If you read this space, you’re already very familiar with the likes of Michael Phelps, Usain Bolt, Missy Franklin and Ryan Lochte. Here are 10 more gold-medal contenders we’ve been tracking on the road to Rio:
Simone Biles, Gymnastics: The two-time reigning World all-around champion is also known for being chased off a medal podium by a pesky bee Oct. 10 in Nanning, China. She’s certainly not been scared by any other gymnasts, going unbeaten in all-around competitions the last two years. The 18-year-old, home-schooled Texan could be favored to win five medals in Rio (tying a U.S. women’s gymnastics record for a single Games) and extend the U.S. streak of Olympic all-around champions to four (Carly Patterson, Nastia Liukin, Gabby Douglas).
David Boudia, Diving: In 2012, Boudia headlined an American diving team that captured four medals, the first U.S. Olympic diving medals since Sydney 2000. Boudia, the Olympic platform champion, was the only American to earn a World Championships diving medal in 2013. He’s in a similar position now as he was four years ago, chasing the mighty Chinese after earning a third straight Worlds platform silver on Sunday. Boudia could become the first U.S. diver since Greg Louganis to win gold in back-to-back Olympics.
Jordan Burroughs, Wrestling: Since winning 74kg freestyle gold at London 2012, Burroughs nearly saw his sport booted from the Olympic program, became a father and tasted defeat for the first time in more than four years. He hopes to become the third American to win back-to-back Olympic wrestling titles, but he may run into a Russian with whom he compares his rivalry to that of Magic Johnson and Larry Bird.
Ashton Eaton, Track and Field: The reigning Olympic decathlon champion and world’s greatest athlete is still considered the world’s best over 10 events, even though he hasn’t completed a decathlon in two years. Eaton took 2014 off and tried his hand at the 400m hurdles instead. He’s back to his signature two-day event, and in Rio he will also be rooting for his wife, Canadian heptathlete Brianne Theisen-Eaton, who owns the world’s best score this year. They may both wear ice hats.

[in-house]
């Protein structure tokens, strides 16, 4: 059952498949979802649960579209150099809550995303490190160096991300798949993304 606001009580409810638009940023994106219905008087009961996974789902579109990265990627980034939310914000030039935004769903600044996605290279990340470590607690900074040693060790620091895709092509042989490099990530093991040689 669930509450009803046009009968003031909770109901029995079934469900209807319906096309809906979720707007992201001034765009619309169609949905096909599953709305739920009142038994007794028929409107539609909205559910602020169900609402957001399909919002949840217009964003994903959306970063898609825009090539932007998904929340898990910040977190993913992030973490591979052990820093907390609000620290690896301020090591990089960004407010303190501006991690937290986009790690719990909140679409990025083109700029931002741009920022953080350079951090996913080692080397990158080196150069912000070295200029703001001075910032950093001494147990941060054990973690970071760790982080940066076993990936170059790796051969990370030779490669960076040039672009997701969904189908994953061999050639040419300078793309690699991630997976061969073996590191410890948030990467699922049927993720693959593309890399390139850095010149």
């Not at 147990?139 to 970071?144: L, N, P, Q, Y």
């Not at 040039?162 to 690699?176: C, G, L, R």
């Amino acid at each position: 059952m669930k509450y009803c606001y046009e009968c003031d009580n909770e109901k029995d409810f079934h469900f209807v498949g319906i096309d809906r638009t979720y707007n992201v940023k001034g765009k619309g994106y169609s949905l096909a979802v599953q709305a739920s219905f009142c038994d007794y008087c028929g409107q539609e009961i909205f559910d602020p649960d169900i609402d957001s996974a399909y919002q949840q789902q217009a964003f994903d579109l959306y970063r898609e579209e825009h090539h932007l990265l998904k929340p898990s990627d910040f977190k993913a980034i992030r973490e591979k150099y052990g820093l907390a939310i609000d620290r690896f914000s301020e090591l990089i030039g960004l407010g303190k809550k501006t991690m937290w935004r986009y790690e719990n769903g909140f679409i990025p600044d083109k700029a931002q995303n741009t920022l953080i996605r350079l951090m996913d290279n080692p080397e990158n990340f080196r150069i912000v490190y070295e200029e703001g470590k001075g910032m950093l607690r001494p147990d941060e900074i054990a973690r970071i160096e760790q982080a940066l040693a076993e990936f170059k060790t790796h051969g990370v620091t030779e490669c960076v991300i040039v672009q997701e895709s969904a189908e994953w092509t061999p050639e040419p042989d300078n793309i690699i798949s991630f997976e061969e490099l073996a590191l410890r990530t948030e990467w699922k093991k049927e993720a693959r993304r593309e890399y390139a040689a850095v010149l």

Allyson Felix, Track and Field: The woman they used to call “chicken legs” finally captured an individual gold medal at the London Games. In Rio, she can make more history. Felix remains the world’s best in the 200m, despite having to be carried off the track by her brother at the 2013 World Championships, and could be a medal contender in the 400m, too. So much so that she chose to race the 400m over the 200m for this month’s World Championships. She is tied with Jackie Joyner-Kersee for the most Olympic track and field medals earned by a U.S. woman (six) and three behind the most won by any woman in the sport (Merlene Ottey, Jamaica). In London, Felix ran two individual events and was on both the 4x100m and 4x400m relays, so four medals in Rio is possible.
Justin Gatlin, Track and Field: Gatlin could take down Usain Bolt at this month’s World Championships, which would rattle the sport one year before Bolt’s final Olympics. Gatlin, the last man other than Bolt to win an Olympic 100m title in 2004, is five years removed from a four-year doping ban and five years older than Bolt. His critics are many. There are suspicions over how one can clock personal-best times at such an advanced age. But it’s crystal clear Gatlin has been the world’s best sprinter the last two years.
Gwen Jorgensen, Triathlon: The former accountant has won 12 straight triathlons dating to 2014, a record streak by a man or woman. She’s looking to vastly improve on her London 2012 experience, when she finished 38th, her hopes punctured by a flat tire on the bike. Triathlon has been part of the Olympic program since 2000, and the U.S. has collected one medal, a bronze in 2004.
Katie Ledecky, Swimming: The recent high school graduate is the greatest female freestyle swimmer of all time from 400m through 1500m. She’s approaching world’s best status in the 200m, too. Ledecky, the youngest member of the 2012 U.S. Olympic team of more than 500 overall athletes, is perhaps now the most dominant. So dominant, that there’s been talk of her racing Michael Phelps in an exhibition.
Claressa Shields, Boxing: Shields rivals Ledecky invincibility. In 2012, at age 17, she took gold at the first Olympics for women’s boxers. The Flint, Mich., native is undefeated since, instilling so much fear that an opponent’s trainer threw in the towel to end a 2014 World Championships fight at the 11-second mark.
Kerri Walsh Jennings, Beach Volleyball: Walsh Jennings’ run for a fourth Olympic title appears to be her toughest yet. She and new partner April Ross (Misty May-Treanor retired after London) were arguably the world’s best pair in 2014, but Walsh Jennings’ right shoulder, previously operated on four times, has dislocated in matches twice this season, forcing her to miss several weeks of action. The 36-year-old mother of three must prove more durable over the next 10 months just to qualify for Rio.